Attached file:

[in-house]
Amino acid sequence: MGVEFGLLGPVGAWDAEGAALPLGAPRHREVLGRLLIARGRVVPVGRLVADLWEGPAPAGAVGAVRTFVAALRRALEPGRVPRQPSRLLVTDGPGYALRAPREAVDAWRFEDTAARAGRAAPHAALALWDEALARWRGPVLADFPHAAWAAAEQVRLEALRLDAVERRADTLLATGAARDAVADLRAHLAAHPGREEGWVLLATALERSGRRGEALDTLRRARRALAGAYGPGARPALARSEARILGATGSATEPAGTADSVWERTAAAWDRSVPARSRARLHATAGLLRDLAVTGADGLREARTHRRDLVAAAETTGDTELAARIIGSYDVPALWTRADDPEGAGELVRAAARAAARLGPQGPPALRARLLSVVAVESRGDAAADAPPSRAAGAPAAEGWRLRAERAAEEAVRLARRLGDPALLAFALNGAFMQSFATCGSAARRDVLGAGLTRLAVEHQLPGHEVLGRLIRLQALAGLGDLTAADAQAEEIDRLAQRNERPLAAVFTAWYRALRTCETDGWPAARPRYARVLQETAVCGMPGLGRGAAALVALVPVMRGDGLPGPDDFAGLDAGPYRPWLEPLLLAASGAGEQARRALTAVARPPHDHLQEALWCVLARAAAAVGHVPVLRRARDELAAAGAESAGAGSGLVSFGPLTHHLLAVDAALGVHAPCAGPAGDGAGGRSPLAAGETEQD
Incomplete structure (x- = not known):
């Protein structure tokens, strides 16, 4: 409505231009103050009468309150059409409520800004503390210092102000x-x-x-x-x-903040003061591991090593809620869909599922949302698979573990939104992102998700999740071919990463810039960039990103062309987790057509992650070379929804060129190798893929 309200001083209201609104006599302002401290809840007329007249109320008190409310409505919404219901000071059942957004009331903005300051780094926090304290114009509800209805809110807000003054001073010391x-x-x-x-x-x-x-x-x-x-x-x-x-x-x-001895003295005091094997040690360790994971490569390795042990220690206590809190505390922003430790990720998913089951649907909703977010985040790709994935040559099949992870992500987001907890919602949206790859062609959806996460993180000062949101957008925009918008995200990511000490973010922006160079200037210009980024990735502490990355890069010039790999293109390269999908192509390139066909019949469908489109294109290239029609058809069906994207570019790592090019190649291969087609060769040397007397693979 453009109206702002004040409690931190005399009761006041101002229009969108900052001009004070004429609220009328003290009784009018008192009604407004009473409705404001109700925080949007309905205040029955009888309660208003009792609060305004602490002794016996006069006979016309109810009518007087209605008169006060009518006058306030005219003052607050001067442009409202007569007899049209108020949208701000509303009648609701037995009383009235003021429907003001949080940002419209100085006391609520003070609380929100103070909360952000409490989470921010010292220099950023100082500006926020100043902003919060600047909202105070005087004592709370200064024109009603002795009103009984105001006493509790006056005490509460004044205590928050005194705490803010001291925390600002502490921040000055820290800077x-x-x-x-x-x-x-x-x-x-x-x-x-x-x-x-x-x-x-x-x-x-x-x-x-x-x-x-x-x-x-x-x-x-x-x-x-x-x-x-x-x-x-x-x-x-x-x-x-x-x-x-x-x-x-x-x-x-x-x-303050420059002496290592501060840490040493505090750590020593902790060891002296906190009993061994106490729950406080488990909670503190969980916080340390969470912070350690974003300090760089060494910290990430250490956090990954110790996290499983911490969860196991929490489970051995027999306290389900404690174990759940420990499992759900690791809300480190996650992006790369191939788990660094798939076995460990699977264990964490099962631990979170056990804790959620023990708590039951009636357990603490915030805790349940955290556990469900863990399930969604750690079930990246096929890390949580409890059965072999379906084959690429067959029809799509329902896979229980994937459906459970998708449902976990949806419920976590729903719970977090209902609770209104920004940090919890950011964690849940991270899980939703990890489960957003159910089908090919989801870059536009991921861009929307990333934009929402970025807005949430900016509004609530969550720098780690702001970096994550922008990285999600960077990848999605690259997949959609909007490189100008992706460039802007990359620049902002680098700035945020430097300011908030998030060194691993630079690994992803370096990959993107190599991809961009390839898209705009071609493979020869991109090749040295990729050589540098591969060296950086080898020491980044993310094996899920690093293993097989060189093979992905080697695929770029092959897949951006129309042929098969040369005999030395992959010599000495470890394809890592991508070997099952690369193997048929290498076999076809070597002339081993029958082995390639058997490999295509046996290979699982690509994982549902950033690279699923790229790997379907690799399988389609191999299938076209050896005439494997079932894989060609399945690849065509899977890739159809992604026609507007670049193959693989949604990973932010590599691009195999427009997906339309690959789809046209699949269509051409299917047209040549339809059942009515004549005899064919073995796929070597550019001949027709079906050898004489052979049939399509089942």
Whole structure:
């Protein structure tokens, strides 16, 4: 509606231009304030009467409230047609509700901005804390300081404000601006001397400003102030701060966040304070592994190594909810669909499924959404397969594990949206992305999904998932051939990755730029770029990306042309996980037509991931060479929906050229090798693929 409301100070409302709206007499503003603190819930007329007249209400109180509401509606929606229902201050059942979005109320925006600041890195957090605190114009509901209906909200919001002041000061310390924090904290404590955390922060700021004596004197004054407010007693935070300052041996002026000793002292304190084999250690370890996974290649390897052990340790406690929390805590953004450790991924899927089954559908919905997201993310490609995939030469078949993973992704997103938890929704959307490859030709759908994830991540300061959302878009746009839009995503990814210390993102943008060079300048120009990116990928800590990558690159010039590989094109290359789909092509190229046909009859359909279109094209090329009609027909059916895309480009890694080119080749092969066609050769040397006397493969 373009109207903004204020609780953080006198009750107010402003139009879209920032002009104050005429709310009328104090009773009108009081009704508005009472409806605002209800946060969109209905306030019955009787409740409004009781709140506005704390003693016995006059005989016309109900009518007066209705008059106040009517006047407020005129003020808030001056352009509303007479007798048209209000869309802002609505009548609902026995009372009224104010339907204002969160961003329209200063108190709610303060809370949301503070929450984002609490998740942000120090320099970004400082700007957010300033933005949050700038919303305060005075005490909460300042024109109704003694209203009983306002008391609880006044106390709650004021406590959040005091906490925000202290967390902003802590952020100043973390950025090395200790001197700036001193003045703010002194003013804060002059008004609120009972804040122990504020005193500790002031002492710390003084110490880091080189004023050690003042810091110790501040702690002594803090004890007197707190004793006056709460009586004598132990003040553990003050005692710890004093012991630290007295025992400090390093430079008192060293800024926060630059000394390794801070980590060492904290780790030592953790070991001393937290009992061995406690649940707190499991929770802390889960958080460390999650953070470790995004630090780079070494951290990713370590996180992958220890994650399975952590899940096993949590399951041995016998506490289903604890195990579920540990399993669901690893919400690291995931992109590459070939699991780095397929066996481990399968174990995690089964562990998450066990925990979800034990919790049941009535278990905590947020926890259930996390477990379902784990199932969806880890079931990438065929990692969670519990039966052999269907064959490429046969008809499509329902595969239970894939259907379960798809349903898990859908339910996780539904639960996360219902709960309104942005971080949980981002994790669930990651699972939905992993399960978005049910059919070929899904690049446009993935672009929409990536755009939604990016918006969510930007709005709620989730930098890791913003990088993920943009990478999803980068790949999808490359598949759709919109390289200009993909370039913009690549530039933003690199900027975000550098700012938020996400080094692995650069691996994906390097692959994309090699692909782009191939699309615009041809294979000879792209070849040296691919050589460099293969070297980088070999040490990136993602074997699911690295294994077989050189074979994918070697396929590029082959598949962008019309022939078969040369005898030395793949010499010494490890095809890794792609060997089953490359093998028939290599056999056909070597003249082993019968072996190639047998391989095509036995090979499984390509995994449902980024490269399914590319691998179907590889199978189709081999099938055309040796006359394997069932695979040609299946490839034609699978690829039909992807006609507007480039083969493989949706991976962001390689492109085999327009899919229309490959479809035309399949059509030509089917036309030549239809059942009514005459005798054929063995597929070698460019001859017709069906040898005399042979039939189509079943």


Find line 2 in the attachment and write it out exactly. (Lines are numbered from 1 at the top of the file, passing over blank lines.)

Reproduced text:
Amino acid sequence: MGVEFGLLGPVGAWDAEGAALPLGAPRHREVLGRLLIARGRVVPVGRLVADLWEGPAPAGAVGAVRTFVAALRRALEPGRVPRQPSRLLVTDGPGYALRAPREAVDAWRFEDTAARAGRAAPHAALALWDEALARWRGPVLADFPHAAWAAAEQVRLEALRLDAVERRADTLLATGAARDAVADLRAHLAAHPGREEGWVLLATALERSGRRGEALDTLRRARRALAGAYGPGARPALARSEARILGATGSATEPAGTADSVWERTAAAWDRSVPARSRARLHATAGLLRDLAVTGADGLREARTHRRDLVAAAETTGDTELAARIIGSYDVPALWTRADDPEGAGELVRAAARAAARLGPQGPPALRARLLSVVAVESRGDAAADAPPSRAAGAPAAEGWRLRAERAAEEAVRLARRLGDPALLAFALNGAFMQSFATCGSAARRDVLGAGLTRLAVEHQLPGHEVLGRLIRLQALAGLGDLTAADAQAEEIDRLAQRNERPLAAVFTAWYRALRTCETDGWPAARPRYARVLQETAVCGMPGLGRGAAALVALVPVMRGDGLPGPDDFAGLDAGPYRPWLEPLLLAASGAGEQARRALTAVARPPHDHLQEALWCVLARAAAAVGHVPVLRRARDELAAAGAESAGAGSGLVSFGPLTHHLLAVDAALGVHAPCAGPAGDGAGGRSPLAAGETEQD